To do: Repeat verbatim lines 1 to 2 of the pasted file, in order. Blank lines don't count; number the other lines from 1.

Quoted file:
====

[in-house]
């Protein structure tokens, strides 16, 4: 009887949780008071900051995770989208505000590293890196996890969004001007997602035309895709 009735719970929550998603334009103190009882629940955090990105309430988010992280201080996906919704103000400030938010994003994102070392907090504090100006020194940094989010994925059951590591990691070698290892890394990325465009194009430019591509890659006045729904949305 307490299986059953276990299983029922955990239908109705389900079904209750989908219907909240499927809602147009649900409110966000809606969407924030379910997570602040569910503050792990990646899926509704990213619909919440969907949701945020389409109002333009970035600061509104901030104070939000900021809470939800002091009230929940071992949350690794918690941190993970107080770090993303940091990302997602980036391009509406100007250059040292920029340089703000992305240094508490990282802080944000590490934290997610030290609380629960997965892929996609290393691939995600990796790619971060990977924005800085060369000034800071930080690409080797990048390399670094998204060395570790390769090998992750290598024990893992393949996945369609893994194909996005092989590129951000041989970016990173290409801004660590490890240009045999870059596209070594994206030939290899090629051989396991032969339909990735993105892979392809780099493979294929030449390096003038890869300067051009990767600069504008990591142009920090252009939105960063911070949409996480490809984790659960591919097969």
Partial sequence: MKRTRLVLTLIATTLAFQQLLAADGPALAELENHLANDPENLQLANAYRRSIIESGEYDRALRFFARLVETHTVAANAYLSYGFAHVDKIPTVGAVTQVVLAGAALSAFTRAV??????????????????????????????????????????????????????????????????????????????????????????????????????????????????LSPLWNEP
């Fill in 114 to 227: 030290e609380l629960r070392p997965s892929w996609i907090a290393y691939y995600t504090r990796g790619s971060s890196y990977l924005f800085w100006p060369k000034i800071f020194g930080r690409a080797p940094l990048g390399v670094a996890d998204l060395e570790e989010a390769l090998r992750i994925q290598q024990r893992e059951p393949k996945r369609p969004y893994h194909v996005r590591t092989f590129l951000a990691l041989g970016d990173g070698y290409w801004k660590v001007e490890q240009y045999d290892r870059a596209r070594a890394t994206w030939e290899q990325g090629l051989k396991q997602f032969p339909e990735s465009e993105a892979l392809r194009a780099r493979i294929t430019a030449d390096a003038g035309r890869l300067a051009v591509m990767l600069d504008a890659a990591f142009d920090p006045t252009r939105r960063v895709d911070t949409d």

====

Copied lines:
[in-house]
């Protein structure tokens, strides 16, 4: 009887949780008071900051995770989208505000590293890196996890969004001007997602035309895709 009735719970929550998603334009103190009882629940955090990105309430988010992280201080996906919704103000400030938010994003994102070392907090504090100006020194940094989010994925059951590591990691070698290892890394990325465009194009430019591509890659006045729904949305 307490299986059953276990299983029922955990239908109705389900079904209750989908219907909240499927809602147009649900409110966000809606969407924030379910997570602040569910503050792990990646899926509704990213619909919440969907949701945020389409109002333009970035600061509104901030104070939000900021809470939800002091009230929940071992949350690794918690941190993970107080770090993303940091990302997602980036391009509406100007250059040292920029340089703000992305240094508490990282802080944000590490934290997610030290609380629960997965892929996609290393691939995600990796790619971060990977924005800085060369000034800071930080690409080797990048390399670094998204060395570790390769090998992750290598024990893992393949996945369609893994194909996005092989590129951000041989970016990173290409801004660590490890240009045999870059596209070594994206030939290899090629051989396991032969339909990735993105892979392809780099493979294929030449390096003038890869300067051009990767600069504008990591142009920090252009939105960063911070949409996480490809984790659960591919097969």